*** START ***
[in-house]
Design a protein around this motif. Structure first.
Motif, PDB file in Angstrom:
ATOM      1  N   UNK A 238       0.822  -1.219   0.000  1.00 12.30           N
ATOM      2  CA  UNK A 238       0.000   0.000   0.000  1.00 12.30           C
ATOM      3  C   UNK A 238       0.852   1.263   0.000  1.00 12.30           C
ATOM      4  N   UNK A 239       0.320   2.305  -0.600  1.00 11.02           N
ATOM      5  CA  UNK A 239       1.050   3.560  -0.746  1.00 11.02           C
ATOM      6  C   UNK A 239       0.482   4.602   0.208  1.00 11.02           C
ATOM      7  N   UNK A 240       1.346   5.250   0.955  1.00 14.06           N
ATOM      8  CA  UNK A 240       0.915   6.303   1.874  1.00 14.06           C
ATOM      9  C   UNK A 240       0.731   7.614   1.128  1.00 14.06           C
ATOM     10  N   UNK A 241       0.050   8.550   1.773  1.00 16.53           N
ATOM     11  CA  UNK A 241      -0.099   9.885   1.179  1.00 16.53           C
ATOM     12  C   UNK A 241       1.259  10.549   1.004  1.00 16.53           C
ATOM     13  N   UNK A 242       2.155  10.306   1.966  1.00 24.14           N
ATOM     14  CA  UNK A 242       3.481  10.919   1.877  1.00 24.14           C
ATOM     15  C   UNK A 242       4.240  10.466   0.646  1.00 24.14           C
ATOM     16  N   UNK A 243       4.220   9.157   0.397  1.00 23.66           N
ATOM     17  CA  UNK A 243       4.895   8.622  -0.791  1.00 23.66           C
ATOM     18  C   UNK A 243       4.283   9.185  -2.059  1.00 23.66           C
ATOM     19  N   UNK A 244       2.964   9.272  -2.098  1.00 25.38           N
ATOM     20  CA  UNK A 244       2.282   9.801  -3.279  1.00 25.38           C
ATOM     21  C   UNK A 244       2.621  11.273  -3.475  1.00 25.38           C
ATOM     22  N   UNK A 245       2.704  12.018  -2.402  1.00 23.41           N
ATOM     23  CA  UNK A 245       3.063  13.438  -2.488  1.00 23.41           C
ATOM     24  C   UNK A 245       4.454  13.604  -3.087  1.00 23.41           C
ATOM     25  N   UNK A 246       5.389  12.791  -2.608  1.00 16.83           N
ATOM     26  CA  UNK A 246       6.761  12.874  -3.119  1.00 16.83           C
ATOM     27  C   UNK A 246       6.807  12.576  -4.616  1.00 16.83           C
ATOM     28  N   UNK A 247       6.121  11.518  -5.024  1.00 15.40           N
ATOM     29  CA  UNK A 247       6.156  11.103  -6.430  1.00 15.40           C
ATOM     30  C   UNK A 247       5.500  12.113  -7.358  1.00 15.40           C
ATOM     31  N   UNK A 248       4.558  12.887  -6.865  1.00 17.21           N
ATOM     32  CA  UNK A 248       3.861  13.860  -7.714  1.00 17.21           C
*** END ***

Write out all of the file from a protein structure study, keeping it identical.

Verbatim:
[in-house]
Design a protein around this motif. Structure first.
Motif, PDB file in Angstrom:
ATOM      1  N   UNK A 238       0.822  -1.219   0.000  1.00 12.30           N
ATOM      2  CA  UNK A 238       0.000   0.000   0.000  1.00 12.30           C
ATOM      3  C   UNK A 238       0.852   1.263   0.000  1.00 12.30           C
ATOM      4  N   UNK A 239       0.320   2.305  -0.600  1.00 11.02           N
ATOM      5  CA  UNK A 239       1.050   3.560  -0.746  1.00 11.02           C
ATOM      6  C   UNK A 239       0.482   4.602   0.208  1.00 11.02           C
ATOM      7  N   UNK A 240       1.346   5.250   0.955  1.00 14.06           N
ATOM      8  CA  UNK A 240       0.915   6.303   1.874  1.00 14.06           C
ATOM      9  C   UNK A 240       0.731   7.614   1.128  1.00 14.06           C
ATOM     10  N   UNK A 241       0.050   8.550   1.773  1.00 16.53           N
ATOM     11  CA  UNK A 241      -0.099   9.885   1.179  1.00 16.53           C
ATOM     12  C   UNK A 241       1.259  10.549   1.004  1.00 16.53           C
ATOM     13  N   UNK A 242       2.155  10.306   1.966  1.00 24.14           N
ATOM     14  CA  UNK A 242       3.481  10.919   1.877  1.00 24.14           C
ATOM     15  C   UNK A 242       4.240  10.466   0.646  1.00 24.14           C
ATOM     16  N   UNK A 243       4.220   9.157   0.397  1.00 23.66           N
ATOM     17  CA  UNK A 243       4.895   8.622  -0.791  1.00 23.66           C
ATOM     18  C   UNK A 243       4.283   9.185  -2.059  1.00 23.66           C
ATOM     19  N   UNK A 244       2.964   9.272  -2.098  1.00 25.38           N
ATOM     20  CA  UNK A 244       2.282   9.801  -3.279  1.00 25.38           C
ATOM     21  C   UNK A 244       2.621  11.273  -3.475  1.00 25.38           C
ATOM     22  N   UNK A 245       2.704  12.018  -2.402  1.00 23.41           N
ATOM     23  CA  UNK A 245       3.063  13.438  -2.488  1.00 23.41           C
ATOM     24  C   UNK A 245       4.454  13.604  -3.087  1.00 23.41           C
ATOM     25  N   UNK A 246       5.389  12.791  -2.608  1.00 16.83           N
ATOM     26  CA  UNK A 246       6.761  12.874  -3.119  1.00 16.83           C
ATOM     27  C   UNK A 246       6.807  12.576  -4.616  1.00 16.83           C
ATOM     28  N   UNK A 247       6.121  11.518  -5.024  1.00 15.40           N
ATOM     29  CA  UNK A 247       6.156  11.103  -6.430  1.00 15.40           C
ATOM     30  C   UNK A 247       5.500  12.113  -7.358  1.00 15.40           C
ATOM     31  N   UNK A 248       4.558  12.887  -6.865  1.00 17.21           N
ATOM     32  CA  UNK A 248       3.861  13.860  -7.714  1.00 17.21           C